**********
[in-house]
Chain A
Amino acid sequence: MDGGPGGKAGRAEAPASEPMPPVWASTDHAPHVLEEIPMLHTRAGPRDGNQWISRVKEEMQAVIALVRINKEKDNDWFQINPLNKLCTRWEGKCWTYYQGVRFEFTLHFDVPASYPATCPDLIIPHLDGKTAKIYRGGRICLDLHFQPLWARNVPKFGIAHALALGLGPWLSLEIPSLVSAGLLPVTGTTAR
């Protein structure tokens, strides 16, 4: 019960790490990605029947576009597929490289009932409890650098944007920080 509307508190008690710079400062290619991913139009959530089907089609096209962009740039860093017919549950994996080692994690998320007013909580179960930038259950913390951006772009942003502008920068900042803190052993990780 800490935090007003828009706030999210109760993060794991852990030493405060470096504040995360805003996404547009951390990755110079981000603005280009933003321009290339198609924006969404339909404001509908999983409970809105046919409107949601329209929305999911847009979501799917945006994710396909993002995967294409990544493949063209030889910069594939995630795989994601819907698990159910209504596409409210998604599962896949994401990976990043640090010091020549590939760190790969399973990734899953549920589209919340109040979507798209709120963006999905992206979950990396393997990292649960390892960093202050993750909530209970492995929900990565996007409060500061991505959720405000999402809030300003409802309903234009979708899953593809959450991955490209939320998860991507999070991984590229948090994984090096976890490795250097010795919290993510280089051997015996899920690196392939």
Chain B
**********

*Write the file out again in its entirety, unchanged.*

[in-house]
Chain A
Amino acid sequence: MDGGPGGKAGRAEAPASEPMPPVWASTDHAPHVLEEIPMLHTRAGPRDGNQWISRVKEEMQAVIALVRINKEKDNDWFQINPLNKLCTRWEGKCWTYYQGVRFEFTLHFDVPASYPATCPDLIIPHLDGKTAKIYRGGRICLDLHFQPLWARNVPKFGIAHALALGLGPWLSLEIPSLVSAGLLPVTGTTAR
């Protein structure tokens, strides 16, 4: 019960790490990605029947576009597929490289009932409890650098944007920080 509307508190008690710079400062290619991913139009959530089907089609096209962009740039860093017919549950994996080692994690998320007013909580179960930038259950913390951006772009942003502008920068900042803190052993990780 800490935090007003828009706030999210109760993060794991852990030493405060470096504040995360805003996404547009951390990755110079981000603005280009933003321009290339198609924006969404339909404001509908999983409970809105046919409107949601329209929305999911847009979501799917945006994710396909993002995967294409990544493949063209030889910069594939995630795989994601819907698990159910209504596409409210998604599962896949994401990976990043640090010091020549590939760190790969399973990734899953549920589209919340109040979507798209709120963006999905992206979950990396393997990292649960390892960093202050993750909530209970492995929900990565996007409060500061991505959720405000999402809030300003409802309903234009979708899953593809959450991955490209939320998860991507999070991984590229948090994984090096976890490795250097010795919290993510280089051997015996899920690196392939």
Chain B